One article in this week’s SMH, Good Weekend, caught my attention. The bold headline “Did Tolstoy really need 783 pages to get Anna Karenina to the train station?” (this story is part of the 29 October edition of Good Weekend), seemed to challenge all that we know about “The Classics.” I mean, who is brave enough to question a GOAT writer?
The author, Tim Elliott, went on to write: “As with any art, taste in books is hopelessly subjective, and not just among readers, but among ages: who hasn’t revisited a favourite book years after reading it, only to wonder what you liked about it in the first place?”
I am definitely guilty of this. Reading certain books because we are told we should, doesn’t always work.
In Week 3, many Years 7, 8, 9 and 10 students (and myself), participated in a reading survey coordinated by Mr Bill Roberts and run by Deakin University entitled “Discovering a ‘Good Read’: Pathways to Reading for Australian Teens in a Digital Age.”
The purpose of this research project resonates deeply; music to the ears of teachers and parents/carers of teenage boys.
“This project aims to support the school, library, and book industries to increase teenagers’ recreational reading. Matching the right book to the right reader is essential to increase young people’s motivation to read. Expected outcomes include strategies that libraries, schools, and the book industry can use to promote Australian content for young adults, and equip young people to participate more fully in the social and economic benefits of pleasure reading.”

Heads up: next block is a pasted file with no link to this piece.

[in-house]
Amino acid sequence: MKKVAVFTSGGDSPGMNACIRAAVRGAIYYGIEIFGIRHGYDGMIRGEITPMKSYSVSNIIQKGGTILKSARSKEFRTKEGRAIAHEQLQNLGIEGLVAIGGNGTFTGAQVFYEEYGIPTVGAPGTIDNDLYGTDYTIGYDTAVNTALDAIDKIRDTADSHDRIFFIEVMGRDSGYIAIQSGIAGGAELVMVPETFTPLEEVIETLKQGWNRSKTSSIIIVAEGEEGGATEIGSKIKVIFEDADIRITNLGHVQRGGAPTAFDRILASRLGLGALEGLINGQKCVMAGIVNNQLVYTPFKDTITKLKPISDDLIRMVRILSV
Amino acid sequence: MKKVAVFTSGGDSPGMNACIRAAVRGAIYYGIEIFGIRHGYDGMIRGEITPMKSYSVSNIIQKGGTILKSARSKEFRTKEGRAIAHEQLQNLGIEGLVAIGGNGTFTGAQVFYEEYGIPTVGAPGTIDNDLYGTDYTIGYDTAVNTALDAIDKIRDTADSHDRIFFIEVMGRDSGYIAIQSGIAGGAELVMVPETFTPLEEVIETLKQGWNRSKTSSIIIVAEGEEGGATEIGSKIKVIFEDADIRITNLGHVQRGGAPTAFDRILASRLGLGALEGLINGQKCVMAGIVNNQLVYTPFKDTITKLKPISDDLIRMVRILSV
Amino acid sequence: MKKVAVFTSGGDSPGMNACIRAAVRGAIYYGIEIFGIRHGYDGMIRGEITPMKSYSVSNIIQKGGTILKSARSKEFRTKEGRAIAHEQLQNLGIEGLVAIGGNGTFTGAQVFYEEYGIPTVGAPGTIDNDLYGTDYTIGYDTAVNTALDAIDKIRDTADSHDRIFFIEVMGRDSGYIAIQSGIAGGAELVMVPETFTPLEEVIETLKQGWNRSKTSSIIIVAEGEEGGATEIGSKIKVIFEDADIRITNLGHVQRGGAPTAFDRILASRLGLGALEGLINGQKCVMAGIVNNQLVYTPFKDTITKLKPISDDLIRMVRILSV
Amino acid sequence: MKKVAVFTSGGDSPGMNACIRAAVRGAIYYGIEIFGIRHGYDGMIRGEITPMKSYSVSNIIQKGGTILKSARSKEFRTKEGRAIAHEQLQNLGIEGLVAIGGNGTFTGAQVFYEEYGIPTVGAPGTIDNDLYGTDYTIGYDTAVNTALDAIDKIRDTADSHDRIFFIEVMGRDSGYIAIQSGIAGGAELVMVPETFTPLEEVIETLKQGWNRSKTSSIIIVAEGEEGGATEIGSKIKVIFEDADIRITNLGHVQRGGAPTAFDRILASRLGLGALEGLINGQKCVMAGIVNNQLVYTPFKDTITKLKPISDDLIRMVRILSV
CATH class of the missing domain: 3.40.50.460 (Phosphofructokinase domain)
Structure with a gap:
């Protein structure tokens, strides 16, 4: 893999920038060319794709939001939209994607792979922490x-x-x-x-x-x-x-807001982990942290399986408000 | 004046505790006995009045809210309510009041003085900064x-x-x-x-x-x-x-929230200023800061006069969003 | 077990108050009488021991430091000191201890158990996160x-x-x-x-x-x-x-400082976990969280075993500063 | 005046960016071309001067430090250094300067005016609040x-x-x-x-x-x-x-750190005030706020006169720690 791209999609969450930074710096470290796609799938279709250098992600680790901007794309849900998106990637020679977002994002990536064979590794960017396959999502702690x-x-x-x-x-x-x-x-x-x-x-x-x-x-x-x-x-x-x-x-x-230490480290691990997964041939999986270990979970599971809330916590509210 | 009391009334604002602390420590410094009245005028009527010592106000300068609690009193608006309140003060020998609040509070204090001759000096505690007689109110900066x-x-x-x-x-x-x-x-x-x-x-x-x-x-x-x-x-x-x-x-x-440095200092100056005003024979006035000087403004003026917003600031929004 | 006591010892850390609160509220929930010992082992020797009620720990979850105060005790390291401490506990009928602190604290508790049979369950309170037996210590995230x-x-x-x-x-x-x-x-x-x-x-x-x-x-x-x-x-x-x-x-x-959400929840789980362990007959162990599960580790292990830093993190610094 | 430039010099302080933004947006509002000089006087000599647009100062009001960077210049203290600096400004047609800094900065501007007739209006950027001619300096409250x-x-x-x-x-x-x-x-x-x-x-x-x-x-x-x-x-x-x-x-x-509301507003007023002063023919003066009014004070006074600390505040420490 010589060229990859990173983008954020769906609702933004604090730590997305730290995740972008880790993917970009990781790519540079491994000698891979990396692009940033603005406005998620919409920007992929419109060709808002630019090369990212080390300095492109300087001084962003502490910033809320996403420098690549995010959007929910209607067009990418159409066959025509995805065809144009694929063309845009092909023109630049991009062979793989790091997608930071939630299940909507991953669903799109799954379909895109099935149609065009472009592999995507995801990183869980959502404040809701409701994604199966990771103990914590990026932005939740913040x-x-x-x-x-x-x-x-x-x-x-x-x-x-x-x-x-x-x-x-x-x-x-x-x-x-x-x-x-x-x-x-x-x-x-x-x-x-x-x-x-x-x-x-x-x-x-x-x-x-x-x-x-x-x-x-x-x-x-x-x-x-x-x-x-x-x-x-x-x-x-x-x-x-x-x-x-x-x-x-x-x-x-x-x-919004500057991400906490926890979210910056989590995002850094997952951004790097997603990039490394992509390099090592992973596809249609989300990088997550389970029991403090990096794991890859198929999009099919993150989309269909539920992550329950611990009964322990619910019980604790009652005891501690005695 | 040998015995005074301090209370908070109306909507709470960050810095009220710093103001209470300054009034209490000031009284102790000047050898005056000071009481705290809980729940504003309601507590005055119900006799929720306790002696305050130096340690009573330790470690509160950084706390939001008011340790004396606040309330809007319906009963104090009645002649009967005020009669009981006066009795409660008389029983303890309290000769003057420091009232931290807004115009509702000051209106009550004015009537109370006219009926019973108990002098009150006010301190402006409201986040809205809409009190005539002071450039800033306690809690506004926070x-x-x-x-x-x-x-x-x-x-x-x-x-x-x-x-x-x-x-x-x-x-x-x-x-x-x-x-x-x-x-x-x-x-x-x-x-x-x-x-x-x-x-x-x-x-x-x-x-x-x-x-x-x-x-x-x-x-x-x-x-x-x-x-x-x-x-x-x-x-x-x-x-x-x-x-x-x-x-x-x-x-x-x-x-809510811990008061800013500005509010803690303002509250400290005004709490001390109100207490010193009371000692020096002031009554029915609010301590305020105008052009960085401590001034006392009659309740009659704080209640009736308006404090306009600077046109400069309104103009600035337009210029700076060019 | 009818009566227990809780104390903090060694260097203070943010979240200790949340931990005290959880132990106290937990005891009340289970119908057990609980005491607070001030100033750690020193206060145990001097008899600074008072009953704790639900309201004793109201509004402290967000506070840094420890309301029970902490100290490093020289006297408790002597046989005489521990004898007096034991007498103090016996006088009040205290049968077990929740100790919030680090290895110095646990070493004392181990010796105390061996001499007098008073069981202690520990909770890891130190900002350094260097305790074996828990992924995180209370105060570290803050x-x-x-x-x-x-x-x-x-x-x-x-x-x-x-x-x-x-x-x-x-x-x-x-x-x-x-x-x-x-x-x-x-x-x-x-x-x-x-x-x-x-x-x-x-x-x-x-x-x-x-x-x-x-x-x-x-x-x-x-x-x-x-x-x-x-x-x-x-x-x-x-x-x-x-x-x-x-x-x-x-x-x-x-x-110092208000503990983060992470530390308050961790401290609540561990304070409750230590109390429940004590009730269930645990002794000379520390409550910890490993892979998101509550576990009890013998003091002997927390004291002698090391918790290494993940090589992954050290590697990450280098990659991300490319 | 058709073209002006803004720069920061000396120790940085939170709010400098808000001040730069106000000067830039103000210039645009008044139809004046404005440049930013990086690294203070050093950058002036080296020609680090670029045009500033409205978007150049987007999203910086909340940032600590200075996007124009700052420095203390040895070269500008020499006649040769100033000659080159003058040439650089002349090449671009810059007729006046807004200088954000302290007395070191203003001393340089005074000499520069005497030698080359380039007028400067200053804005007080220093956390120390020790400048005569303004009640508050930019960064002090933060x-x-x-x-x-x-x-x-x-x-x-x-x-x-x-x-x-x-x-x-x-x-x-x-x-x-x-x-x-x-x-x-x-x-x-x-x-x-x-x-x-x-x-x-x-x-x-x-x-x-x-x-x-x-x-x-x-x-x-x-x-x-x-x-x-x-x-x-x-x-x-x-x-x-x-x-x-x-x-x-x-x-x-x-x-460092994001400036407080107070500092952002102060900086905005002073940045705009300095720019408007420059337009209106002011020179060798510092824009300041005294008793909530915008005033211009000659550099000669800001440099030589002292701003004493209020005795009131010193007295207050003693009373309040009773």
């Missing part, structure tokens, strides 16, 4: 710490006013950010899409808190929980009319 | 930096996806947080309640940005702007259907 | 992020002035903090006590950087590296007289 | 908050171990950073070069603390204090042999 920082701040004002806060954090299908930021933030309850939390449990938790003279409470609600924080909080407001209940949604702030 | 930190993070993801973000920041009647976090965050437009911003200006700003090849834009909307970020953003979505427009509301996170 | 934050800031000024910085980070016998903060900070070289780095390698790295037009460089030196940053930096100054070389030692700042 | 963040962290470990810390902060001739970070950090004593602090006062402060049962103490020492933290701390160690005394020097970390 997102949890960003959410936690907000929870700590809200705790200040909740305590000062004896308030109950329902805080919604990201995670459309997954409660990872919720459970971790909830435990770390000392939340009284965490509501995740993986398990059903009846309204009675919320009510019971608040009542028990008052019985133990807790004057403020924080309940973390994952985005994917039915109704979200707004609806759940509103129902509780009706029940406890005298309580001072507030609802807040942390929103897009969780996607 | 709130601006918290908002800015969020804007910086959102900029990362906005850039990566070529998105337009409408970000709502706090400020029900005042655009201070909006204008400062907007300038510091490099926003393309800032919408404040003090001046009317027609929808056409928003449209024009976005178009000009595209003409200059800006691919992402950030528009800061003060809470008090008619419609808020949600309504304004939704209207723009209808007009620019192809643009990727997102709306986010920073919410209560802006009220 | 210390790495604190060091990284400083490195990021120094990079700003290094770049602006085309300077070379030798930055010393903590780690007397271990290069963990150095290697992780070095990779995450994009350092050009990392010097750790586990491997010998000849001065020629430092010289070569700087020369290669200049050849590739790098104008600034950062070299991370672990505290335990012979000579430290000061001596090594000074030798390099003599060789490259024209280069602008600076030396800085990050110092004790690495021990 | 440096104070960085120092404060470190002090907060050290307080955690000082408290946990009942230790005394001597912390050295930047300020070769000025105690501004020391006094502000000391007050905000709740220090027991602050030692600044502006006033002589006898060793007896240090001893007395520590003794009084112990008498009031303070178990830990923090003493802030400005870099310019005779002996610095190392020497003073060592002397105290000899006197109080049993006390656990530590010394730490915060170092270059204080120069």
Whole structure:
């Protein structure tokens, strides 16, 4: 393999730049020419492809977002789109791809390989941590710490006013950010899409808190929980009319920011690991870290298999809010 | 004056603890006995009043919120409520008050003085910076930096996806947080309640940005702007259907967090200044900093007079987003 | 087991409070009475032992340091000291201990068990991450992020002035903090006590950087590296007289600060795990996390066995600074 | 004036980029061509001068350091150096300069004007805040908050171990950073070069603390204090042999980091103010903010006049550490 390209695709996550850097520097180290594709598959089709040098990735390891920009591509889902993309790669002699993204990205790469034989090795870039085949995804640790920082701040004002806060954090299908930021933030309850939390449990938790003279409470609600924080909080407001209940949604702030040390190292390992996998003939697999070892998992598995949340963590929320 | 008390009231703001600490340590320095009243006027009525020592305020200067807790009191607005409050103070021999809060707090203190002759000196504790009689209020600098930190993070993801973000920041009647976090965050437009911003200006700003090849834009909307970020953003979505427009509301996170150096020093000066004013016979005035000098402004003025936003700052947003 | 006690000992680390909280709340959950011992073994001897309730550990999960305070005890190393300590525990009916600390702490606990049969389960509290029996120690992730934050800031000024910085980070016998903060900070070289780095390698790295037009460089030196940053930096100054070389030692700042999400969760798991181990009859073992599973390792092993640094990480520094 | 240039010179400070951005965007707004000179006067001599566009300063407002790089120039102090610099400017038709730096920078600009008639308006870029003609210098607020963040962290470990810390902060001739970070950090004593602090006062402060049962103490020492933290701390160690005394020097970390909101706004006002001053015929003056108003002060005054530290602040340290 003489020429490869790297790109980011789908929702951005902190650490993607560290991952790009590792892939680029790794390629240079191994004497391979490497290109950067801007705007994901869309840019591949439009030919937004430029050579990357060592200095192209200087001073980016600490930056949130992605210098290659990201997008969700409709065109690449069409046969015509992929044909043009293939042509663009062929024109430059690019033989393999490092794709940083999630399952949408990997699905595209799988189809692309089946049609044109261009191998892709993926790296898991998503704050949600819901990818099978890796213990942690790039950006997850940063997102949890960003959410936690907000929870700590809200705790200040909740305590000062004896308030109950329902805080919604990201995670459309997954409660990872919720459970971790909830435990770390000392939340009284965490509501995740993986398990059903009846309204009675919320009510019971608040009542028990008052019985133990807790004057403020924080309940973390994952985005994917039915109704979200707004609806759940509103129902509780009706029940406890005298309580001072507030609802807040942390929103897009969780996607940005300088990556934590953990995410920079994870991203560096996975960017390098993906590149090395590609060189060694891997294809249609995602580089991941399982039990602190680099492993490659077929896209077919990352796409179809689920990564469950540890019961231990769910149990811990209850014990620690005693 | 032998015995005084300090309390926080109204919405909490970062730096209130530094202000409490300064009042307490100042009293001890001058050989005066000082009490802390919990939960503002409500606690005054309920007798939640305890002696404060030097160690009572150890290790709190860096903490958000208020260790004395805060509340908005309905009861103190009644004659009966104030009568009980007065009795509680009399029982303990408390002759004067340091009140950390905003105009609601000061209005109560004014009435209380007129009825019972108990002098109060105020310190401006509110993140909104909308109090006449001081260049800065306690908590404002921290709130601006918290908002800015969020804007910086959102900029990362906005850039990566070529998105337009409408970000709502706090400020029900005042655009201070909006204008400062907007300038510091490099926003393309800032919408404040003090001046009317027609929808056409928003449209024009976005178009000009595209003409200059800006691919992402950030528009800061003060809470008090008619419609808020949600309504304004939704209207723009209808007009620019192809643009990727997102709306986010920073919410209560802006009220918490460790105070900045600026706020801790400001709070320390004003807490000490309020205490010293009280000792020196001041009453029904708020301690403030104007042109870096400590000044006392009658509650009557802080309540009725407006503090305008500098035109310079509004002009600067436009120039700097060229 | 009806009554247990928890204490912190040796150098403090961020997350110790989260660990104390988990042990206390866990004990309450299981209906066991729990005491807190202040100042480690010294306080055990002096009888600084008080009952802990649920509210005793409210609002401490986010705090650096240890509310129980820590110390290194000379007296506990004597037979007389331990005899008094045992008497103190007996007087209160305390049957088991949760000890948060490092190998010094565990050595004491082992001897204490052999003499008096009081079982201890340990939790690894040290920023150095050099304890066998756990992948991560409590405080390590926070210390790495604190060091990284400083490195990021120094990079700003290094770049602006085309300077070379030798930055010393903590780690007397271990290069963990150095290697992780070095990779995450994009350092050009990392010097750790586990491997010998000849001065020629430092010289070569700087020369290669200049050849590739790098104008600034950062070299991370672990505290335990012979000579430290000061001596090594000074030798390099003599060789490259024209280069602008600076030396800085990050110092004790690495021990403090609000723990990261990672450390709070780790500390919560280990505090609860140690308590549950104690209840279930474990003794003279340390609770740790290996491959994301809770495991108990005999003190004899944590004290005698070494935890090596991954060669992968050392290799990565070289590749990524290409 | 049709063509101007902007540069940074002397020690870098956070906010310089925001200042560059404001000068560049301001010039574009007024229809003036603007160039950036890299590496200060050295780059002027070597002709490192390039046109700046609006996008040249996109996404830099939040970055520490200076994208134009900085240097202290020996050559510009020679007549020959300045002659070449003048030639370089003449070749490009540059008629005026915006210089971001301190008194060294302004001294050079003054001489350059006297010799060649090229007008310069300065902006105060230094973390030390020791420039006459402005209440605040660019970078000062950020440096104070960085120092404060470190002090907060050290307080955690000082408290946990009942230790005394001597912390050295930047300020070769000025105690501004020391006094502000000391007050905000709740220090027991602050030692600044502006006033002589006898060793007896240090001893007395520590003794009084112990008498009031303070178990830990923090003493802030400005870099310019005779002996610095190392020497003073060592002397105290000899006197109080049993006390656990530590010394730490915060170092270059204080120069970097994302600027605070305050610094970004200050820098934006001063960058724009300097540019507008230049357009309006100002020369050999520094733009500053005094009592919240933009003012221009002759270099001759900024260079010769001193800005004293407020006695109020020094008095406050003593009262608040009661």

The tragic readers among us are already well aware of the benefits of reading for enjoyment, apart from the academic and social benefits.
According to Alex Quigley, author of Closing the Reading Gap, “Reading in 2022 is seen as something that happens in the Library, in English class, after other work is done, a kind of pleasurable bolt-on, like some sort of academic ice-cream treat.”
Have we as a society lost sight of the joy of reading for pleasure?
These are concerns many of us share at the College and so we have made it our goal, not only to encourage our students to engage in reading for pleasure, but to ensure that students recognise this joy for themselves.
How we do that will be directly informed by the data from the Deakin University survey. I extend a sincere ‘Thank you’ to the boys who participated actively and responded truthfully.
Stay tuned for the results.
In the meantime, here are three suggestions for students to simply sit back and enjoy, right now.
Years 7-8: Rabbit, Soldier, Angel, Thief by Katrina Nannestad
Years 9-10: Thunder Head by Neal Shusterman
Years 11-12: (or any Sci-Fi fan), Dune by Frank Herbert